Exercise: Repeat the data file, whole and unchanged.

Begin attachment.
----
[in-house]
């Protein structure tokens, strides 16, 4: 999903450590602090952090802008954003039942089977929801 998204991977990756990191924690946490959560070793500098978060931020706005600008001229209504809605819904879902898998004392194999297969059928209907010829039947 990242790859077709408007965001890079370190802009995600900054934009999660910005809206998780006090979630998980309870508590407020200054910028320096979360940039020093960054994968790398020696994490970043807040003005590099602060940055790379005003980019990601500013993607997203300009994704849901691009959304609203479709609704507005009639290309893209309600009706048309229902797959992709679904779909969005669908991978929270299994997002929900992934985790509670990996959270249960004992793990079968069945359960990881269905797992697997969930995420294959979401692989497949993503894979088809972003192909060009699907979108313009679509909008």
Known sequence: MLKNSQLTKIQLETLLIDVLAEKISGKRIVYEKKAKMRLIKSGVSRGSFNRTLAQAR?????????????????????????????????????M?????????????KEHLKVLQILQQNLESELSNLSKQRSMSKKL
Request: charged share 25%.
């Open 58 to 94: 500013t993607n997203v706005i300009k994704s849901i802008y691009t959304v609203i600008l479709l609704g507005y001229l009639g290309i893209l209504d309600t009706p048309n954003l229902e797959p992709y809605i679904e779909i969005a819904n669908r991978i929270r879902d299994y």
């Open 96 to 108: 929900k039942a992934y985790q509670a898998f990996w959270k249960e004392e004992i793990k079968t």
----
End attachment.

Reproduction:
[in-house]
């Protein structure tokens, strides 16, 4: 999903450590602090952090802008954003039942089977929801 998204991977990756990191924690946490959560070793500098978060931020706005600008001229209504809605819904879902898998004392194999297969059928209907010829039947 990242790859077709408007965001890079370190802009995600900054934009999660910005809206998780006090979630998980309870508590407020200054910028320096979360940039020093960054994968790398020696994490970043807040003005590099602060940055790379005003980019990601500013993607997203300009994704849901691009959304609203479709609704507005009639290309893209309600009706048309229902797959992709679904779909969005669908991978929270299994997002929900992934985790509670990996959270249960004992793990079968069945359960990881269905797992697997969930995420294959979401692989497949993503894979088809972003192909060009699907979108313009679509909008």
Known sequence: MLKNSQLTKIQLETLLIDVLAEKISGKRIVYEKKAKMRLIKSGVSRGSFNRTLAQAR?????????????????????????????????????M?????????????KEHLKVLQILQQNLESELSNLSKQRSMSKKL
Request: charged share 25%.
């Open 58 to 94: 500013t993607n997203v706005i300009k994704s849901i802008y691009t959304v609203i600008l479709l609704g507005y001229l009639g290309i893209l209504d309600t009706p048309n954003l229902e797959p992709y809605i679904e779909i969005a819904n669908r991978i929270r879902d299994y």
């Open 96 to 108: 929900k039942a992934y985790q509670a898998f990996w959270k249960e004392e004992i793990k079968t």